The social unrest of 2020 shed light on systemic racism in all areas of society, including healthcare. Throughout the pandemic, Black, Hispanic, and Indigenous Americans have been more likely to present with severe COVID-19 symptoms and ultimately die from the disease. And while many experts have lauded virtual care as a key to equal access, it could widen the disparities we’re seeing.
Our most affluent patients can now access primary care, urgent care, and even consult an ED provider with a few taps on a smartphone. However, more than 40% of Medicare patients lack access to a computer and high-speed internet connection at home. Black, Hispanic, and disabled beneficiaries were among the least likely to be wired for telehealth. As a result, many of these at-risk patients have gone without preventative care and chronic disease management since primary care providers closed their doors to in-person visits in early 2020.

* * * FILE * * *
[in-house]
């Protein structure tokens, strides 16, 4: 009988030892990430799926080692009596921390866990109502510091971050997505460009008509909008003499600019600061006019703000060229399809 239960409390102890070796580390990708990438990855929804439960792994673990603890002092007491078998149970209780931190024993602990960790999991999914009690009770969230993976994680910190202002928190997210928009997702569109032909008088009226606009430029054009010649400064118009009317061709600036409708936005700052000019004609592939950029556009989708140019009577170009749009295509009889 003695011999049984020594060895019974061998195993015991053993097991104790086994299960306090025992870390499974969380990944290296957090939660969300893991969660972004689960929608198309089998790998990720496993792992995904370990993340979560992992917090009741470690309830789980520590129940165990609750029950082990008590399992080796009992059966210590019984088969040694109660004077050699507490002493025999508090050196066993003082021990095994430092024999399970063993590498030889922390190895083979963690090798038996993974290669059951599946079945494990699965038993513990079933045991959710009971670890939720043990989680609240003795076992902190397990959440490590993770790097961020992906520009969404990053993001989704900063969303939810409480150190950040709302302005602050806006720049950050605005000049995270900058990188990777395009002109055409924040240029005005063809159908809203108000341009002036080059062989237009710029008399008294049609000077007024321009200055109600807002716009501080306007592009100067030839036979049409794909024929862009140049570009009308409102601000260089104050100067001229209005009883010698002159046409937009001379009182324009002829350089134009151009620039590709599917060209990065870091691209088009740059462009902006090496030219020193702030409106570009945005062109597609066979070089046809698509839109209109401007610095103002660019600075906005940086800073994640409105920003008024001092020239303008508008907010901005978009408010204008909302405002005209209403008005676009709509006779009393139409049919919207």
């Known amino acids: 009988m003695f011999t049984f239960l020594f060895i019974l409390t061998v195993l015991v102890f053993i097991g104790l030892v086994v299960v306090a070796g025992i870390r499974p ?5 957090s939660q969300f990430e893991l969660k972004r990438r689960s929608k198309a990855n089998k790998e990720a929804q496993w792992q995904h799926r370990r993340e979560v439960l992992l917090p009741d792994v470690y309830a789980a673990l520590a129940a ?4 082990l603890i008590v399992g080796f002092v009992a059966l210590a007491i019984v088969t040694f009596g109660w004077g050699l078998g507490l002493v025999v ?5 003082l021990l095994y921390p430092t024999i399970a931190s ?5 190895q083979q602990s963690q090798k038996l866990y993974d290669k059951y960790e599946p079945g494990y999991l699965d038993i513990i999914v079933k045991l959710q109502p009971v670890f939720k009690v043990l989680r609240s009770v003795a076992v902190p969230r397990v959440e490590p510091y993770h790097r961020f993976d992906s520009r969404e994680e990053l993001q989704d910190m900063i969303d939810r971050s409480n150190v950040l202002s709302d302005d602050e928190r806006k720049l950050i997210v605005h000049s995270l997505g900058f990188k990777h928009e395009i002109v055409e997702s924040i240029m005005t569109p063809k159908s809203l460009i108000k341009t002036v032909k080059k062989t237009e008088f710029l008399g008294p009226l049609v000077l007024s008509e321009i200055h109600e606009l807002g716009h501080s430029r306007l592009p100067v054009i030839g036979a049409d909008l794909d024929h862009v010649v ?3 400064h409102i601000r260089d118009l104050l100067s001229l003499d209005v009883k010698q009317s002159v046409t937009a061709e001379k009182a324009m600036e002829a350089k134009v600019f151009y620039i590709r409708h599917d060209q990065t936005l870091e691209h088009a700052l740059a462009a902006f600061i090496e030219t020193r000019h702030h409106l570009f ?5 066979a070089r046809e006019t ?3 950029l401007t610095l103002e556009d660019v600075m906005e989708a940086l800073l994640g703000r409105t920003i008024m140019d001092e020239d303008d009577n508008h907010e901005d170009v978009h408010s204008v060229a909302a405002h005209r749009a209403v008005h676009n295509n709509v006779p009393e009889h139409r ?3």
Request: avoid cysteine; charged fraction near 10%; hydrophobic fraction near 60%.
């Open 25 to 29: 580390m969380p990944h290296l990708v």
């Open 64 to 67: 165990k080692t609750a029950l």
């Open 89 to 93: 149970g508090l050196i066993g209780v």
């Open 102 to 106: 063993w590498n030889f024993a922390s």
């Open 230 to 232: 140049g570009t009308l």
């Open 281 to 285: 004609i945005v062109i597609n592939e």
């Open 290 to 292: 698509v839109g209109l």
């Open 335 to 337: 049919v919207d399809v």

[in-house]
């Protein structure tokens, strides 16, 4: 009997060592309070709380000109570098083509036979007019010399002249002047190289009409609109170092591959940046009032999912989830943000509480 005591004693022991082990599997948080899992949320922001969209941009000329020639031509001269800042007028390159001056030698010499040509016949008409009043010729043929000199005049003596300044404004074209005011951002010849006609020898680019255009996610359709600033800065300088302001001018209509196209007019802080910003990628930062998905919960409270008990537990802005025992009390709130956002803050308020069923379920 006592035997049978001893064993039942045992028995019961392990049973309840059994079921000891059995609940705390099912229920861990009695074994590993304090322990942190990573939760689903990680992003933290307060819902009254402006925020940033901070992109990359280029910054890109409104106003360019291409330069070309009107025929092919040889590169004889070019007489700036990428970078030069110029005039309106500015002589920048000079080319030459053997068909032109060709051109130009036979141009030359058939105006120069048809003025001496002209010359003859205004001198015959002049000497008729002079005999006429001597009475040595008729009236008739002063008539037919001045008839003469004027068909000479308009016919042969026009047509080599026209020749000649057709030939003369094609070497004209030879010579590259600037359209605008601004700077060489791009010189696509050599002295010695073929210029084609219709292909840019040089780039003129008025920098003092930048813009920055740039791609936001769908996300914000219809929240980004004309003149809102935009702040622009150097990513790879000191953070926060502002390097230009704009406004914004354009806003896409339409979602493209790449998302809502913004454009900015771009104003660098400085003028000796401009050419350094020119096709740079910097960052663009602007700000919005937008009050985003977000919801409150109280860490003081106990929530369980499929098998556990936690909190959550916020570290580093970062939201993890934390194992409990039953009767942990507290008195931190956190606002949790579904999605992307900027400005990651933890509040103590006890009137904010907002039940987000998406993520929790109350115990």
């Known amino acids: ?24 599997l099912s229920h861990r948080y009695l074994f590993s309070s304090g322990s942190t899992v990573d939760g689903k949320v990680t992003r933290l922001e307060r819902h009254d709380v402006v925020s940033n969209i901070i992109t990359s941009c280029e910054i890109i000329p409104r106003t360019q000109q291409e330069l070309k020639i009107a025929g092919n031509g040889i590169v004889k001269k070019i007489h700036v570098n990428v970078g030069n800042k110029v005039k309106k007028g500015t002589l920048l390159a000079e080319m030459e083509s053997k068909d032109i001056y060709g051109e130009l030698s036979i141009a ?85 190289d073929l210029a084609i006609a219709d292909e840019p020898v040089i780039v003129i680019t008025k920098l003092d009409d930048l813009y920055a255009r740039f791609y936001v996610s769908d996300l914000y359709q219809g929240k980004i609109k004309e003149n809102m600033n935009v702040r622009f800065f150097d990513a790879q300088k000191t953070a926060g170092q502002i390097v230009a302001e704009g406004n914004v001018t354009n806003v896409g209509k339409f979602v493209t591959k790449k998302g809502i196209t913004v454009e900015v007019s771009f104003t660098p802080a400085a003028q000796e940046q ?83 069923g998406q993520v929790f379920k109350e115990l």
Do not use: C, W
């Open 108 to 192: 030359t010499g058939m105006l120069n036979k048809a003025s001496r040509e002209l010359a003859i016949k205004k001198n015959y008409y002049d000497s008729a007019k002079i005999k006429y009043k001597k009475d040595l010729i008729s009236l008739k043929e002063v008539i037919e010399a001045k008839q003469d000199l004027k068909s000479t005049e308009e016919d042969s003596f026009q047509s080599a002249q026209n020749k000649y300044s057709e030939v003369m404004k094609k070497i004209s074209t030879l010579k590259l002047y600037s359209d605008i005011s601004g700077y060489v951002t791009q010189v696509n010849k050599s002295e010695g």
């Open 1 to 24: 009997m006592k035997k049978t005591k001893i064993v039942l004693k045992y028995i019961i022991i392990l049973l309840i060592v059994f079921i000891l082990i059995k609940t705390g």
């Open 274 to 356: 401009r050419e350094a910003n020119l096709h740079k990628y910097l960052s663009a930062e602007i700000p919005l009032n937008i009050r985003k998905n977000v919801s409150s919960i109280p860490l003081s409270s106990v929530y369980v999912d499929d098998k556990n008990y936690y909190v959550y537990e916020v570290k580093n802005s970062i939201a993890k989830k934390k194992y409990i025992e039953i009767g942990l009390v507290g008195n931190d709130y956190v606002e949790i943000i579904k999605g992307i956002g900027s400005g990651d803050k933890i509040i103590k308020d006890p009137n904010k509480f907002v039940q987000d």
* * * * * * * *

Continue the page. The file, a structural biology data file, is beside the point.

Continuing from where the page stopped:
So, as healthcare leaders and providers, how can we work for greater healthcare equity? In this article, I’ll discuss why reducing healthcare disparities must start with rebuilding patient trust. We’ll also explore the importance of increasing diversity at every level of our healthcare workforce. And finally, I’ll share ways to encourage minority youth to pursue healthcare careers for the promise of a more equitable future.
Our much-anticipated “return to normalcy” after COVID-19 depends on mass vaccination. Unfortunately, vaccine hesitancy is prevalent nationwide, especially among people of color. Despite being at increased risk, 35% of Black adults say they probably won’t get vaccinated. What’s more, 48% percent of Blacks and 36% of Latinos say that vaccine developers aren’t taking their respective communities’ needs into account.